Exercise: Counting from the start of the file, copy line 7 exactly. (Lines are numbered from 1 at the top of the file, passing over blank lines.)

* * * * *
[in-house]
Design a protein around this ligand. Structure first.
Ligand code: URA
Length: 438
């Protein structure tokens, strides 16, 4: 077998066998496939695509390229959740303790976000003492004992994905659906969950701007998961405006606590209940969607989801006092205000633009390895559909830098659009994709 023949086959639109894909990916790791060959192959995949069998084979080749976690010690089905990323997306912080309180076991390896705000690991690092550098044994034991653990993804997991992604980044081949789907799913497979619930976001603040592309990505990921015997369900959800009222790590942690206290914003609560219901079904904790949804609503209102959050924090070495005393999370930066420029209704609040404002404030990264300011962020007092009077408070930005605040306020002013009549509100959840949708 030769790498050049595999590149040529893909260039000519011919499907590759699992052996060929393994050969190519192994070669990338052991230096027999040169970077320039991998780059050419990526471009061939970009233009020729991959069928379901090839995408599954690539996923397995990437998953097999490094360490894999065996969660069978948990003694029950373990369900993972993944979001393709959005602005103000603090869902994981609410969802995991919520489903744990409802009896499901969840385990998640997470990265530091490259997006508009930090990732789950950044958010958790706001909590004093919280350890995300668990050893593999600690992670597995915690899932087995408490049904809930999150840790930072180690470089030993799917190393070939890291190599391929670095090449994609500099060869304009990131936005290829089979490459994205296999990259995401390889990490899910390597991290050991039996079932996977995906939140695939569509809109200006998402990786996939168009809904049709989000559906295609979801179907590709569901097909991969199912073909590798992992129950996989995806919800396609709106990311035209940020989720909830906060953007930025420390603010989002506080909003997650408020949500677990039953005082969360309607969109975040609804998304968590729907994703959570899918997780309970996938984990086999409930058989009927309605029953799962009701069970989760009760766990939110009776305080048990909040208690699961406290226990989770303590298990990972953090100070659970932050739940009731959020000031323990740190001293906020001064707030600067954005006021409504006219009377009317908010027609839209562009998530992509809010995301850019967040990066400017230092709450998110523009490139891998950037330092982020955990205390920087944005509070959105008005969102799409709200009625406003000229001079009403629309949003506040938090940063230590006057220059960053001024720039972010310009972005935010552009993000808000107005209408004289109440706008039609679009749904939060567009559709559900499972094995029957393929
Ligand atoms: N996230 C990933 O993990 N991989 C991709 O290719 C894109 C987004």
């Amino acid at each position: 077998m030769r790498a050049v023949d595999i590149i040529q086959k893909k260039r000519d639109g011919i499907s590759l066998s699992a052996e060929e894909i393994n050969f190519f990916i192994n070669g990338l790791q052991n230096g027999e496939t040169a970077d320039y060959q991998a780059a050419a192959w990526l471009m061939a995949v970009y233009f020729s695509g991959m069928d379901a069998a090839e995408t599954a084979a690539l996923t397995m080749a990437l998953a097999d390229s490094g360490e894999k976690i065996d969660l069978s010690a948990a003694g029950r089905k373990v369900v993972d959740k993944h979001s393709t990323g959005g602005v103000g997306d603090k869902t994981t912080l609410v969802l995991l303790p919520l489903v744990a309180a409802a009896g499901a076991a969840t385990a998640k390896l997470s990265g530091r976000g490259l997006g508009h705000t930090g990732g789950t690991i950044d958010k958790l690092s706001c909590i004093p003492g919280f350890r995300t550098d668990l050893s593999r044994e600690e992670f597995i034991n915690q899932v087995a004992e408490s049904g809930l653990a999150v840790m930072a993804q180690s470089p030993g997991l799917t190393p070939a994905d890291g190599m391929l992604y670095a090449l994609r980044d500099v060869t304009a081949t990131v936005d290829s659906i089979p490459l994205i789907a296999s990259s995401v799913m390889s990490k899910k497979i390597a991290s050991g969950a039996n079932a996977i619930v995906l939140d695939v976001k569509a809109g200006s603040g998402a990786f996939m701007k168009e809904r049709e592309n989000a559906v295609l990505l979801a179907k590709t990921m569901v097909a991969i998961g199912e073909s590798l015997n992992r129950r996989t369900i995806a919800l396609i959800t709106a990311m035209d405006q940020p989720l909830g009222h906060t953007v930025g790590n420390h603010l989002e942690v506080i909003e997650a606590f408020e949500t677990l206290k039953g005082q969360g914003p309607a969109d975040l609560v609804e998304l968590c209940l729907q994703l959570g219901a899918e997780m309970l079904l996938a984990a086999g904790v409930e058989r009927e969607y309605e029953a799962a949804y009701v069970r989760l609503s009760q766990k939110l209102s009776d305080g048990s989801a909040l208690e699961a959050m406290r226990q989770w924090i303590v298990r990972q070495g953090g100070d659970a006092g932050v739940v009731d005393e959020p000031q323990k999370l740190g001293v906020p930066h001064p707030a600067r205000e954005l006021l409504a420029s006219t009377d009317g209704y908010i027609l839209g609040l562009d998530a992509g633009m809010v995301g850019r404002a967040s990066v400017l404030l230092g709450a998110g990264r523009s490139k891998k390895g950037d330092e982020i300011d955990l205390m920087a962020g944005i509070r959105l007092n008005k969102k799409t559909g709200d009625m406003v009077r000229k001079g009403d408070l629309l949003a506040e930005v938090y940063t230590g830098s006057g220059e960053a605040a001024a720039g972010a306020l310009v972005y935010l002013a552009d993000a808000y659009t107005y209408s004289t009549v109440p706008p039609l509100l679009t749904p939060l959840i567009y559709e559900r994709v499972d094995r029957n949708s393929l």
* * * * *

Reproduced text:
């Amino acid at each position: 077998m030769r790498a050049v023949d595999i590149i040529q086959k893909k260039r000519d639109g011919i499907s590759l066998s699992a052996e060929e894909i393994n050969f190519f990916i192994n070669g990338l790791q052991n230096g027999e496939t040169a970077d320039y060959q991998a780059a050419a192959w990526l471009m061939a995949v970009y233009f020729s695509g991959m069928d379901a069998a090839e995408t599954a084979a690539l996923t397995m080749a990437l998953a097999d390229s490094g360490e894999k976690i065996d969660l069978s010690a948990a003694g029950r089905k373990v369900v993972d959740k993944h979001s393709t990323g959005g602005v103000g997306d603090k869902t994981t912080l609410v969802l995991l303790p919520l489903v744990a309180a409802a009896g499901a076991a969840t385990a998640k390896l997470s990265g530091r976000g490259l997006g508009h705000t930090g990732g789950t690991i950044d958010k958790l690092s706001c909590i004093p003492g919280f350890r995300t550098d668990l050893s593999r044994e600690e992670f597995i034991n915690q899932v087995a004992e408490s049904g809930l653990a999150v840790m930072a993804q180690s470089p030993g997991l799917t190393p070939a994905d890291g190599m391929l992604y670095a090449l994609r980044d500099v060869t304009a081949t990131v936005d290829s659906i089979p490459l994205i789907a296999s990259s995401v799913m390889s990490k899910k497979i390597a991290s050991g969950a039996n079932a996977i619930v995906l939140d695939v976001k569509a809109g200006s603040g998402a990786f996939m701007k168009e809904r049709e592309n989000a559906v295609l990505l979801a179907k590709t990921m569901v097909a991969i998961g199912e073909s590798l015997n992992r129950r996989t369900i995806a919800l396609i959800t709106a990311m035209d405006q940020p989720l909830g009222h906060t953007v930025g790590n420390h603010l989002e942690v506080i909003e997650a606590f408020e949500t677990l206290k039953g005082q969360g914003p309607a969109d975040l609560v609804e998304l968590c209940l729907q994703l959570g219901a899918e997780m309970l079904l996938a984990a086999g904790v409930e058989r009927e969607y309605e029953a799962a949804y009701v069970r989760l609503s009760q766990k939110l209102s009776d305080g048990s989801a909040l208690e699961a959050m406290r226990q989770w924090i303590v298990r990972q070495g953090g100070d659970a006092g932050v739940v009731d005393e959020p000031q323990k999370l740190g001293v906020p930066h001064p707030a600067r205000e954005l006021l409504a420029s006219t009377d009317g209704y908010i027609l839209g609040l562009d998530a992509g633009m809010v995301g850019r404002a967040s990066v400017l404030l230092g709450a998110g990264r523009s490139k891998k390895g950037d330092e982020i300011d955990l205390m920087a962020g944005i509070r959105l007092n008005k969102k799409t559909g709200d009625m406003v009077r000229k001079g009403d408070l629309l949003a506040e930005v938090y940063t230590g830098s006057g220059e960053a605040a001024a720039g972010a306020l310009v972005y935010l002013a552009d993000a808000y659009t107005y209408s004289t009549v109440p706008p039609l509100l679009t749904p939060l959840i567009y559709e559900r994709v499972d094995r029957n949708s393929l």